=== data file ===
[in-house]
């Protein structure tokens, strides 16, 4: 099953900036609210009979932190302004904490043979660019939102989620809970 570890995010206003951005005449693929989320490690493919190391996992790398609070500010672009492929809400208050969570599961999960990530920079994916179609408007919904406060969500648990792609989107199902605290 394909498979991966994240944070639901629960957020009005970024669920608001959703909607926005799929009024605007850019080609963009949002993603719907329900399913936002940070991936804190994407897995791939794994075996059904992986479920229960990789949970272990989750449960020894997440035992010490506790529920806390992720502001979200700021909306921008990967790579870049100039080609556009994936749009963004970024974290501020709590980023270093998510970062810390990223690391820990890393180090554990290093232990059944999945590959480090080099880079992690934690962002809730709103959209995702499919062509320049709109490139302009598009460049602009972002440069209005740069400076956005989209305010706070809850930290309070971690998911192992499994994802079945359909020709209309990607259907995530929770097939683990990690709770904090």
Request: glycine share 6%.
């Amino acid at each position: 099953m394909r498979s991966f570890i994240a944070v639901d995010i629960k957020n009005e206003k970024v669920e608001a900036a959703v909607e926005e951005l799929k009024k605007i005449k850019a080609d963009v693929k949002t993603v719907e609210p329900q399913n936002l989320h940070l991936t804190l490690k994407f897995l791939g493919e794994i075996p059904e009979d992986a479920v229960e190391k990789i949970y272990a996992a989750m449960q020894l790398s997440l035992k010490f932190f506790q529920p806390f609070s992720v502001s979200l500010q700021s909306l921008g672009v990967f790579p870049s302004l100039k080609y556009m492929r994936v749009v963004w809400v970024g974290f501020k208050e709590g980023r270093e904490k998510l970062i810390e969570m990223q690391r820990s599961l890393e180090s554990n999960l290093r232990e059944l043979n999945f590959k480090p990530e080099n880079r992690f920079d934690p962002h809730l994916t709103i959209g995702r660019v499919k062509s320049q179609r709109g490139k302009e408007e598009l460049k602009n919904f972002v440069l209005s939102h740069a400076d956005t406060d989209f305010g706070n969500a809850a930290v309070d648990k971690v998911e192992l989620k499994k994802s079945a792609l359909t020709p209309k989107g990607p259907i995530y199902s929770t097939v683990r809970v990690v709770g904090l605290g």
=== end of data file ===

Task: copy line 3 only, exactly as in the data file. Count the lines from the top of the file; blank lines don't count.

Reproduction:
Request: glycine share 6%.